The Chamorro radio talk show Marianas Agupa released Thursday its scale/measurement of economic pain model, called “Mididan Puti” in the Chamorro language, for the Commonwealth of the Northern Mariana Islands.
This scale/measurement of economic pain is the product of many people on Saipan, Tinian, and Rota who have been actively participating in the talk show since 2009 on Magic 100.3 FM from 9am to 11am on Saturdays.
According to Glenn H. Manglona, host of Marianas Agupa, the “Mididan Puti” was coined by Thomas D. Mendiola, commonly known as “Guelu Fadang,” who is the radio correspondent from Rota. During his weekly radio reports from Rota since 2009, he discussed issues of economic matters that directly affect the people of Rota, including not being able to buy the most essential things in life for survival like rice, milk, and medicine because of air and ocean transportation delays and the cost of utilities and gasoline. Discussions centered on the way people have endured the hard living condition for over 50 years. From not being able to find a job to being terminated from a job due to wrong political affiliation, the list goes on and on.
During on-air and personal conversations with Guelu’ Fadang, we found out that this can be something big and useful yet entertaining for our people if only we can come up with the elements that constitute a scale or measurement of the economic suffering our people are going through today. But without knowing where this will lead us, we decided to continue calling it the “Scale/Measurement of Economic Pain,” or “Mididan Puti” in Chamorro.
In the latter part of 2010, the late Leon Taisacan contributed the word “Ai Nanang Lokkue,” to describe his economic pain if he were to lose his pension if the NMI Retirement Fund goes belly up. Former senator David Cing reaffirmed Taisacan’s description of the Fund’s doom on Marianas Agupa.
During one of Marianas Agupa’s programs in 2011, former Rota mayor Joseph Inos commented on Taisacan’s assertion about “Ai Nanang Lokkue” on the scale/measurement of economic pain, that there must be categories preceding the “Ai Nanang Lokkue,” and that is “those who are suffering less economic pain should be properly labeled as “ Ai Nang” and “Ai Nanang” respectively.
In the early part of 2012, program host Manglona committed to completing this scale of measurement. And so he began to review the audio recordings of Marianas Agupa to see if he could connect the dots on the scale/measurement of economic pain. His “Eureka” moment came when he found the missing links: “Ai” and “Ai Sus” should be placed as the lowest level in the measurement of economic pain.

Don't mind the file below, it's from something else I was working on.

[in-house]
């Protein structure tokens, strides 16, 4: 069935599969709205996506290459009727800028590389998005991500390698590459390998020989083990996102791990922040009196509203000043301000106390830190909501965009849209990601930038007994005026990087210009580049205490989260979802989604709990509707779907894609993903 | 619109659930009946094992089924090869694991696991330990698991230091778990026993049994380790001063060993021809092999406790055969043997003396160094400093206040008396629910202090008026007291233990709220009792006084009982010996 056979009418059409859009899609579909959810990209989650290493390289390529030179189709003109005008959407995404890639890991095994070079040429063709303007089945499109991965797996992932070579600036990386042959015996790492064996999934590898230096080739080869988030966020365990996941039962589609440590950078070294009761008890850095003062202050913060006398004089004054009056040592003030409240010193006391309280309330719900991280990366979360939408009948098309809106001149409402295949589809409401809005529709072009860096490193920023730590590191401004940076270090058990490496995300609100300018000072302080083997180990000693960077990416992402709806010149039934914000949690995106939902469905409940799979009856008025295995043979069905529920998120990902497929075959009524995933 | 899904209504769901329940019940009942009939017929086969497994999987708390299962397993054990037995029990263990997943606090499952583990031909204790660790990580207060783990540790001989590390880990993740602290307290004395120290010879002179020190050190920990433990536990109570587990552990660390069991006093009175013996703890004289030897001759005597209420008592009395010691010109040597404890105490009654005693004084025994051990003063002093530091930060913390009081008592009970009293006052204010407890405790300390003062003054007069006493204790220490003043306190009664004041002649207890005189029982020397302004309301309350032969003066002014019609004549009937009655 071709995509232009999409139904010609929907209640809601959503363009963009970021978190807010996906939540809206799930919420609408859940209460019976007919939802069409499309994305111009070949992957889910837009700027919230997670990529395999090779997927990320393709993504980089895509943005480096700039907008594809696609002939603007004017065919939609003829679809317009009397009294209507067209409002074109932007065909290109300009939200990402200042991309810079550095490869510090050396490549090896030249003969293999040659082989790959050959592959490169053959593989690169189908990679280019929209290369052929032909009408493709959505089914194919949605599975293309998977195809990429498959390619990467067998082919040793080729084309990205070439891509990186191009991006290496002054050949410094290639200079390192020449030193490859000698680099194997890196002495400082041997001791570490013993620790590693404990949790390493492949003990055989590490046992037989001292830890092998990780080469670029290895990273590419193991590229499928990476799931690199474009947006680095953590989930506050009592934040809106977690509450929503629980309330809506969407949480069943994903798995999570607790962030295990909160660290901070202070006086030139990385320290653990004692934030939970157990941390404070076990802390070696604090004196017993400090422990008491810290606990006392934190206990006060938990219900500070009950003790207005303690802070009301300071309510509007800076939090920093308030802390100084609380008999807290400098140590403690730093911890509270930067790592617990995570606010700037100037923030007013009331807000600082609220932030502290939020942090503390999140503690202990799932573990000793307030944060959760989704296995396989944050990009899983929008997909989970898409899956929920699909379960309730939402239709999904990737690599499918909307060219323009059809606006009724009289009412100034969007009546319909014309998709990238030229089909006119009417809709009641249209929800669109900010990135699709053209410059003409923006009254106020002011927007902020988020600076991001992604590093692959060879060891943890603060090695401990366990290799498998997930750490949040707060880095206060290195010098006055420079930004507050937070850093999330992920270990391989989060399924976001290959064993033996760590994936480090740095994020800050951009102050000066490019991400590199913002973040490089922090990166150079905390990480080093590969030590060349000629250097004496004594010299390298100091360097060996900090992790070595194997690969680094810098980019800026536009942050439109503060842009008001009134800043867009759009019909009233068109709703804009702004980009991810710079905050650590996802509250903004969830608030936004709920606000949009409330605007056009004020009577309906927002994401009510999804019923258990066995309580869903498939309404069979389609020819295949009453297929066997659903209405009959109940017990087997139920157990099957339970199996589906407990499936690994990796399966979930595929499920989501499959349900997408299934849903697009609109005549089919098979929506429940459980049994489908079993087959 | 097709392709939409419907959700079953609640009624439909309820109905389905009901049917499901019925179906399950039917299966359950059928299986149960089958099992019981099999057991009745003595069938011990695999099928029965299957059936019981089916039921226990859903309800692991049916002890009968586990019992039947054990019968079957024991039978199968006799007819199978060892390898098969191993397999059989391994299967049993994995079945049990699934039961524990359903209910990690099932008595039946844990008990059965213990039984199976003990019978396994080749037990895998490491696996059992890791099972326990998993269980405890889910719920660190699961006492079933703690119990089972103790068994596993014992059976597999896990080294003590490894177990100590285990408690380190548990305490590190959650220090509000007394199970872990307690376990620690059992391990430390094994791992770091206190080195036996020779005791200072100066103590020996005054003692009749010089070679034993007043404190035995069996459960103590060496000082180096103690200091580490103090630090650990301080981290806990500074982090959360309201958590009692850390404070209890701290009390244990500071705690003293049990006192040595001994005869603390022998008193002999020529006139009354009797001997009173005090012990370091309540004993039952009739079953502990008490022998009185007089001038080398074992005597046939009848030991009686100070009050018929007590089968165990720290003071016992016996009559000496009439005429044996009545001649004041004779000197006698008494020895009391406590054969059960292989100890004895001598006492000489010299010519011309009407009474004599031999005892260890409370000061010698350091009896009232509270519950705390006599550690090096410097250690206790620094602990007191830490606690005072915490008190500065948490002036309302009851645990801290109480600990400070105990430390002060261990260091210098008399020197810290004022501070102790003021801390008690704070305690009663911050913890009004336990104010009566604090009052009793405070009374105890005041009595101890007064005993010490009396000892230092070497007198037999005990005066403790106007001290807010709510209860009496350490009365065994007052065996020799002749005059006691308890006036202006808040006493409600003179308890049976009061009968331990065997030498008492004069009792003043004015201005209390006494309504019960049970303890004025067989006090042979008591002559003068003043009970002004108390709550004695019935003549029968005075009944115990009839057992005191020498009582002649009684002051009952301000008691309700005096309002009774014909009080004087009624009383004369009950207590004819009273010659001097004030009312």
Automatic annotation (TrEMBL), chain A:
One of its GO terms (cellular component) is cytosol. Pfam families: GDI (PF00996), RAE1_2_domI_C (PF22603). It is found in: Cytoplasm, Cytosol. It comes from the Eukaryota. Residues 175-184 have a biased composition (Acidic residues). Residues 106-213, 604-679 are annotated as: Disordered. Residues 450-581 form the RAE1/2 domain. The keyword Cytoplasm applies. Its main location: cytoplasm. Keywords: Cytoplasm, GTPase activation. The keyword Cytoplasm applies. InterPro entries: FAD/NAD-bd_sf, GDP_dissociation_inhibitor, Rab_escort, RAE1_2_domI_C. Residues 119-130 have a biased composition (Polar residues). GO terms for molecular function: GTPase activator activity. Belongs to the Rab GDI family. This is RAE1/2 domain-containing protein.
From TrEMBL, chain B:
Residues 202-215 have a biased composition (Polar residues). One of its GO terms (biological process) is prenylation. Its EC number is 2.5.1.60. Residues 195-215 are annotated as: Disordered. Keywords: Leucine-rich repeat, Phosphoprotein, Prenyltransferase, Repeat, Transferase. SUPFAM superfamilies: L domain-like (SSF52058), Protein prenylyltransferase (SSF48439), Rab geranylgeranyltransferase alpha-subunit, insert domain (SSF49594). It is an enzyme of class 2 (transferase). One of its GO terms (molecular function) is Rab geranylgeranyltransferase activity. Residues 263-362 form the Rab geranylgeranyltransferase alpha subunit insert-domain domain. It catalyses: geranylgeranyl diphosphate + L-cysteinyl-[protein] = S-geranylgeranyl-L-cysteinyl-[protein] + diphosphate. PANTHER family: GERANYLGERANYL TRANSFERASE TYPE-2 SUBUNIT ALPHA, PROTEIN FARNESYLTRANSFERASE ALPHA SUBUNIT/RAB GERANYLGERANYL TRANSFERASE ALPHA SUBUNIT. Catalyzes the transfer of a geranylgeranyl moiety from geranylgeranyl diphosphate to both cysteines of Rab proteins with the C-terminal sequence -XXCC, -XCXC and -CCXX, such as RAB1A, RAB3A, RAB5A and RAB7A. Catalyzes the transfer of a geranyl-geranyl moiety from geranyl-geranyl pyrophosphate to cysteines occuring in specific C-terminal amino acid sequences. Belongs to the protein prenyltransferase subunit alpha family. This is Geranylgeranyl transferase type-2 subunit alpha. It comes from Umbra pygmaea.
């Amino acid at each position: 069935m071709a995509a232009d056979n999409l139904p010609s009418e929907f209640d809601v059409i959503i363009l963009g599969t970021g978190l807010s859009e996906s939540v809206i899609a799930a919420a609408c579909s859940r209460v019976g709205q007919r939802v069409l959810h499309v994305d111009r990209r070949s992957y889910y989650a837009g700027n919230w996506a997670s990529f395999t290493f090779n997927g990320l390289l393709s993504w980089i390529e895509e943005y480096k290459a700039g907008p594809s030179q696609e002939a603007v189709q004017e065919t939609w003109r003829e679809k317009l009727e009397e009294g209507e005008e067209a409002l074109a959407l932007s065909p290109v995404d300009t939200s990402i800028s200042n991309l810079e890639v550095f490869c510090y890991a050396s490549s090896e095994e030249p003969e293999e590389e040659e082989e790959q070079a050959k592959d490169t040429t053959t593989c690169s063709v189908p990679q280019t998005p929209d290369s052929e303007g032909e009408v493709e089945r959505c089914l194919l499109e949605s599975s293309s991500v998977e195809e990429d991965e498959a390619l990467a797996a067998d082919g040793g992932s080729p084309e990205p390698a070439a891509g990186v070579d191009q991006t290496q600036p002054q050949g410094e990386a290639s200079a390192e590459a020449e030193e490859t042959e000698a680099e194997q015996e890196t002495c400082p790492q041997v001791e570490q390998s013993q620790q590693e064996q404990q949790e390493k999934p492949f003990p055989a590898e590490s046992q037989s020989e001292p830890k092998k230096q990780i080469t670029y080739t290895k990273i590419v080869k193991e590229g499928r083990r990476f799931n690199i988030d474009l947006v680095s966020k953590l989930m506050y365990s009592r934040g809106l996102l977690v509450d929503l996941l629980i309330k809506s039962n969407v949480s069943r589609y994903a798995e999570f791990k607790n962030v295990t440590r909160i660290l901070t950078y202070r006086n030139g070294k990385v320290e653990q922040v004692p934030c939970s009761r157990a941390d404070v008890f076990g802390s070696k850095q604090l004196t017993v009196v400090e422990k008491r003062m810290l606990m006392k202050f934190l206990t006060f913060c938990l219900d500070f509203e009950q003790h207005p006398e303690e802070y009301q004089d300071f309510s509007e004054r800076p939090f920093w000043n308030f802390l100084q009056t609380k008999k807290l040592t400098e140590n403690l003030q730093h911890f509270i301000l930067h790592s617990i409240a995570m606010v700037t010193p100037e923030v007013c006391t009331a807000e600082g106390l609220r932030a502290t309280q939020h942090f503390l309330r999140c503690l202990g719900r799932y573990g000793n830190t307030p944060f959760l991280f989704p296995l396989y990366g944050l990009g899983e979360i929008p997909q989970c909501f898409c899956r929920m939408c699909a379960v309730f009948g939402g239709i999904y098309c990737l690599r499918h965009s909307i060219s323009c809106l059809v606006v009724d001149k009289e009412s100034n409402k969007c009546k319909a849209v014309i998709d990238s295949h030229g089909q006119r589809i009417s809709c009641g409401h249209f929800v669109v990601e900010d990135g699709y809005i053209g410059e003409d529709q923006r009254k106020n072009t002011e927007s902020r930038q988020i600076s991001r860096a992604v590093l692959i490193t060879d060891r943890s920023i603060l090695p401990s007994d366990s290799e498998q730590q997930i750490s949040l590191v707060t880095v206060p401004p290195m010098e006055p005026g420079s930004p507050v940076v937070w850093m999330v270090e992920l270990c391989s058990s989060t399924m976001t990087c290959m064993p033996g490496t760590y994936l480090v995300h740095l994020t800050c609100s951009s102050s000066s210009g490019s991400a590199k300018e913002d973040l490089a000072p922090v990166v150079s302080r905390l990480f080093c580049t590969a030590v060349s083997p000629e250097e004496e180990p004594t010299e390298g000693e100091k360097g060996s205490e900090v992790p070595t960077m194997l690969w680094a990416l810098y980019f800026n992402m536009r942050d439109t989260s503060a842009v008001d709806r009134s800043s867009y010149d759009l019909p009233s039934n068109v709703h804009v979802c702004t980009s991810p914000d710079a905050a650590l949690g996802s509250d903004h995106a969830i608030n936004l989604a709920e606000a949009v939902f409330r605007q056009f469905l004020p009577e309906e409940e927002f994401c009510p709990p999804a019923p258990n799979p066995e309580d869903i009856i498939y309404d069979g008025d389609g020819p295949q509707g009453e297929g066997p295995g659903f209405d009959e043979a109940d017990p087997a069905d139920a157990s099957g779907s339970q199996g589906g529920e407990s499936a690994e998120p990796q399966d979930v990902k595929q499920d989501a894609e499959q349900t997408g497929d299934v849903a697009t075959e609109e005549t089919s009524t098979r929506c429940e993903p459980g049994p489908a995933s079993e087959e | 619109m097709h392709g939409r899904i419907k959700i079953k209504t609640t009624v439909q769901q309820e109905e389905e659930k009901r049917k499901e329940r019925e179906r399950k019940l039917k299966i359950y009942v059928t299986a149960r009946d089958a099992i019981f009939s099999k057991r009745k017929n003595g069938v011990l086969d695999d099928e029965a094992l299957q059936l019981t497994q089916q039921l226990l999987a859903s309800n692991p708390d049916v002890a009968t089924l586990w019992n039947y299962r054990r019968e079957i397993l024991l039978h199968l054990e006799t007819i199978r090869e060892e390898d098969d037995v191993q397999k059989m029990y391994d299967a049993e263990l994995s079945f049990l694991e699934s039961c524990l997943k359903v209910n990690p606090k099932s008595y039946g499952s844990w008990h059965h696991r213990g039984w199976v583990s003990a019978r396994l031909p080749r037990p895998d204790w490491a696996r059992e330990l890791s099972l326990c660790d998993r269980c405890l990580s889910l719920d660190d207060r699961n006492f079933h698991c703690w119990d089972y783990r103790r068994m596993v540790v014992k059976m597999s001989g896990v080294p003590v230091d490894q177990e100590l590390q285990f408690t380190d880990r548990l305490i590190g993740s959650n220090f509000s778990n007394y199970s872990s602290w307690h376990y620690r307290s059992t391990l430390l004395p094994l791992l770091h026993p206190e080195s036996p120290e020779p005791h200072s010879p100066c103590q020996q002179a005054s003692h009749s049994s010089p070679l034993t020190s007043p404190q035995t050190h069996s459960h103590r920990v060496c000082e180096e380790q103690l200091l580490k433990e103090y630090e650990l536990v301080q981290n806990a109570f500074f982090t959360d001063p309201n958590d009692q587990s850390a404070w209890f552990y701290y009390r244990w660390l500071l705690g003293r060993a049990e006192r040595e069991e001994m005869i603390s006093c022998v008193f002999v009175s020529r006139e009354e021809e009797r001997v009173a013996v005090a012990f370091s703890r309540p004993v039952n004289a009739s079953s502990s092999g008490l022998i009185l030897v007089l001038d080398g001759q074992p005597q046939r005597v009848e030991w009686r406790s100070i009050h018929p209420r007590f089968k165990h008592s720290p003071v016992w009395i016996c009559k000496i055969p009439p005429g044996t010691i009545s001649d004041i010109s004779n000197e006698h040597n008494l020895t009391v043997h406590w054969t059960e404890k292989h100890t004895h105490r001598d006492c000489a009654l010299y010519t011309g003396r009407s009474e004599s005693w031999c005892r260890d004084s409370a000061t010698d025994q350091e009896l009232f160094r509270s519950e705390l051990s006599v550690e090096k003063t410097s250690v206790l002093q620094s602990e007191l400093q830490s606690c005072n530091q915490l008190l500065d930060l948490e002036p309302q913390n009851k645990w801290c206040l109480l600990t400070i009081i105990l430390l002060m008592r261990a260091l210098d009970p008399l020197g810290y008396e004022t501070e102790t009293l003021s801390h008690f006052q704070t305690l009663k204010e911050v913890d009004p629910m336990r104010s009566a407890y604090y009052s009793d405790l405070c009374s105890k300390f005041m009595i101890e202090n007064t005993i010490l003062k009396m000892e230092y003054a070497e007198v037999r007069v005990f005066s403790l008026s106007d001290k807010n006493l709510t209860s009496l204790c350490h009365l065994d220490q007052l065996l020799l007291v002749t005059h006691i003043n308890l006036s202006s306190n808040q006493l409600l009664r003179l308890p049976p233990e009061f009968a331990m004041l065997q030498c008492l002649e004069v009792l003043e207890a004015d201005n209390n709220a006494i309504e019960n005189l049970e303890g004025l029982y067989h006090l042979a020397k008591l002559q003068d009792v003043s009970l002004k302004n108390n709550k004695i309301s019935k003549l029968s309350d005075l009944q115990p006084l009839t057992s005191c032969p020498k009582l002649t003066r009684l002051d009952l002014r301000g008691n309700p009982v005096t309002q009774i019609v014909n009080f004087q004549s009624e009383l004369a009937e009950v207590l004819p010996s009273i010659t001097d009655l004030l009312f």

But this was not complete until we listened and integrated ideas presented on Marianas Agupa by many of our listening audience in order to properly label the scale/measurement of economic pain.
And so the show continues ’til today and many of our fine local people who participated during the talk show program, including John Del Rosario Jr., have made a huge contribution to the elements associated with their life experiences and living hardships and in determining the scale/measurement of economic pain in “Chamorro.”
We thank you all for sharing the information and description of your life experiences that constitute the preliminary model of Scale/Measurement of Economic Pain—“Mididan Puti” in Chamorro.
See the definition of the Scale/Measurement of Economic Pain below and the associated graph:
Factors in determining the Scale/Measurement of Economic Pain—“Mididan Puti” in Chamorro
* 2010 Census Population of Indigenous Chamorros and Carolinians at 15,363.
* 44 percent of families in the CNMI were below the U.S. poverty level in 2009.
* 1,314 Chamorro and Carolinian families were below the poverty level in 2009.
* The mean family income in 2009: $34,580.
* CUC rates including water and power rates.
* The consumer price index in the CNMI.
* The Gross Domestic Product of the CNMI.
Case study: The scale/measurement of economic pain below is for a person with a family of four living in the Commonwealth of the Northern Mariana Islands, with a mean family income of $34,580.
Ai: This scale at level 2 indicates a person is living paycheck to paycheck with no savings and is barely making ends meet due to the high cost of housing, electricity, water, fuel, food, health insurance, telephone/cell phone/Internet and car payments.
Ai Sus: Level 4 indicates a person who missed making payment for his/her monthly telephone/cell phone bill and got disconnected. Asking money from a family member or a relative.
Ai Nang: Level 6 indicates a person who got his phone reconnected but this time, his/her electricity got disconnected. Cancelled his/her health insurance. Puts only $10 gasoline in his/her car every two days.
Ai Nanang: Level 8 indicates a person who got both his/her home/cell phone and electricity disconnected at the same time. Missed his/her car payments for more than a month. Lost his/her job in the government for excessive absenteeism. Seeking assistance from his/her elected precinct representatives and senators.
Ai Nanang Lokkue’: Level 10 indicates that a person got his phone, electricity and water disconnected. But this time, missed the car payments for two consecutive months. Bank letter for auto repossession is received. Lost his/her job. Retirement pension is reduced. His/her party lost the election but pretended to be part of the winning party by showing up at winning party’s camp immediately after the election. (PR)